During the mid-1980s, Ivan Boesky was an arbitrageur. However, he seemed to have a strange knack for buying stocks right before takeover offers were made, allowing him to secure massive profits when the announcement went public.

However, the trades didn’t go unnoticed, and Merrill Lynch contacted the SEC regarding someone possibly leaking insider information. It turned out that Dennis Levine and Martin Siegel were sharing details.

After identifying Boesky, the SEC was able to find similar insider trading activity on the part of Michael Milken, who largely operated in the junk bond sector.

 

The Curious Case of R. Foster Winans

 

Possibly one of the most unique insider trading cases, R. Foster Winans was a Wall Street Journal columnist who discussed stocks. When he wrote about a security, the price usually went up, as people respected Winans.

However, Winans began sharing information about his columns with brokers before they were printed, allowing them to execute trades ahead of the masses.

What made the case unique is that Winans’ columns were opinion pieces, so they didn’t represent insider information on the surface. But the SEC determined his columns were technically the property of the Wall Street Journal, so disclosing the details in advance was a crime.

 

How to Avoid Insider Trading

 

While certain forms of insider trading are intentional, even innocent investors can accidentally commit the crime. However, you can take precautions that can help you stay on the right side of the law, ensuring you follow the SEC’s rules and don’t unintentionally put yourself at risk.

 

1. Ask with Care

 

If you are asking questions about a security, make sure you are careful. If your inquiry encourages someone to provide you with confidential information, even if that isn’t your intention, you are on thin ice. Once you know something that isn’t public knowledge, executing a trade is dangerous. Similarly, if someone believes you are trying to dig such details out of them, that also comes with legal ramifications that are similar to actually participating in insider trading.

 

2. Verify the Information

 

Whenever you are given a piece of information about a company, make sure it is public before you use it to make a trade decision. If you can’t find that tidbit elsewhere, you might want to assume it is inside information and abandon the trade.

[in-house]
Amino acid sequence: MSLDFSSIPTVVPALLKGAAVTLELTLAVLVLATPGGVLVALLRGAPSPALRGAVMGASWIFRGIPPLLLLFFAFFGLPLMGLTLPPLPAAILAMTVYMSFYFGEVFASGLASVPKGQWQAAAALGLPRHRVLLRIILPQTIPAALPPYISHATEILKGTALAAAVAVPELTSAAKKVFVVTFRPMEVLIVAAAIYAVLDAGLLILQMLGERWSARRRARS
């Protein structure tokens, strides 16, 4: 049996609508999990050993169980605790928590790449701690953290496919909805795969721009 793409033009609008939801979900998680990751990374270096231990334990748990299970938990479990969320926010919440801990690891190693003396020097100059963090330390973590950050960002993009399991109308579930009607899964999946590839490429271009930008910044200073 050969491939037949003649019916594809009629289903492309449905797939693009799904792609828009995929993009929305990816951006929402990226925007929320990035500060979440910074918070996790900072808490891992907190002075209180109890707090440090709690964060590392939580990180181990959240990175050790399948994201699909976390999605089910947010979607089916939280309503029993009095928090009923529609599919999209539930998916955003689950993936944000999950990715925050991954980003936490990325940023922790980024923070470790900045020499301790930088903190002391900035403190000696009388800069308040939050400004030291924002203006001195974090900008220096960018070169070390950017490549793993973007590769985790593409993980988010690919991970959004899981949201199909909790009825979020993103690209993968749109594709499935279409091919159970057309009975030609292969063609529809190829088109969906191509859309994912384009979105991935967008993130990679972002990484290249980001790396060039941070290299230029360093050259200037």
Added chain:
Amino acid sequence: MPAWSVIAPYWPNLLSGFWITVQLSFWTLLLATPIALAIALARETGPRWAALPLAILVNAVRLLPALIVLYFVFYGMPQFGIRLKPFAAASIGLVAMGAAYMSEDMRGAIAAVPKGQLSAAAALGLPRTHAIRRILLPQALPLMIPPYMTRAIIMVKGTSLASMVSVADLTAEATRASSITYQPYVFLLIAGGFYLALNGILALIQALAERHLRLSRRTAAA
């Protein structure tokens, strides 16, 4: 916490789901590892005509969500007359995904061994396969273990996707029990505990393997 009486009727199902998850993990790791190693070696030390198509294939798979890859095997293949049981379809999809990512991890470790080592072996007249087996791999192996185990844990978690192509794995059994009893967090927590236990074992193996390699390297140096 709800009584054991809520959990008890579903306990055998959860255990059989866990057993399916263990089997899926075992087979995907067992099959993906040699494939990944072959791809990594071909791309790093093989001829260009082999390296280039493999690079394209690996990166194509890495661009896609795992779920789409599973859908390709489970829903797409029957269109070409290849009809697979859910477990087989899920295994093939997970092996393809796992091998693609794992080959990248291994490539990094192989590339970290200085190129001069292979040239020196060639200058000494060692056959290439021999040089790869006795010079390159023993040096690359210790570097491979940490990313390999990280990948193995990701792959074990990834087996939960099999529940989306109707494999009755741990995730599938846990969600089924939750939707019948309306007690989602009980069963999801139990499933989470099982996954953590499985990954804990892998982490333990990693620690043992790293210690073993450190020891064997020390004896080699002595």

3. Report What You Hear

 

If you happen to receive information that could impact your portfolio and don’t know if the detail is public, contact the proper authorities. This usually helps prove that your intention isn’t to take advantage of insider information.

 

4. Consider Confidentiality

 

Something that is always a warning of potential insider information is hearing details that would likely be covered in a confidentiality agreement. If someone is violating a contract when they discuss the topic with you, be wary of what you hear, as it could be considered illegal if you execute a trade after the conversation.

 

5. Hold Your Tongue

 

You can be guilty of insider trading even if you help someone else take advantage of a nonpublic piece of information. If you have access to sensitive details, avoid sharing it. Otherwise, by giving someone else confidential information, you could also be guilty of securities fraud.

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Thomas Minter
Thomas Minter
thomas@millennialmoney.com

In just under three years, Thomas eliminated $80,000 student loan debt by house hacking and saving 50% of his income. He works for a large engineering firm, lives in the Bay Area and is addicted to Personal Capital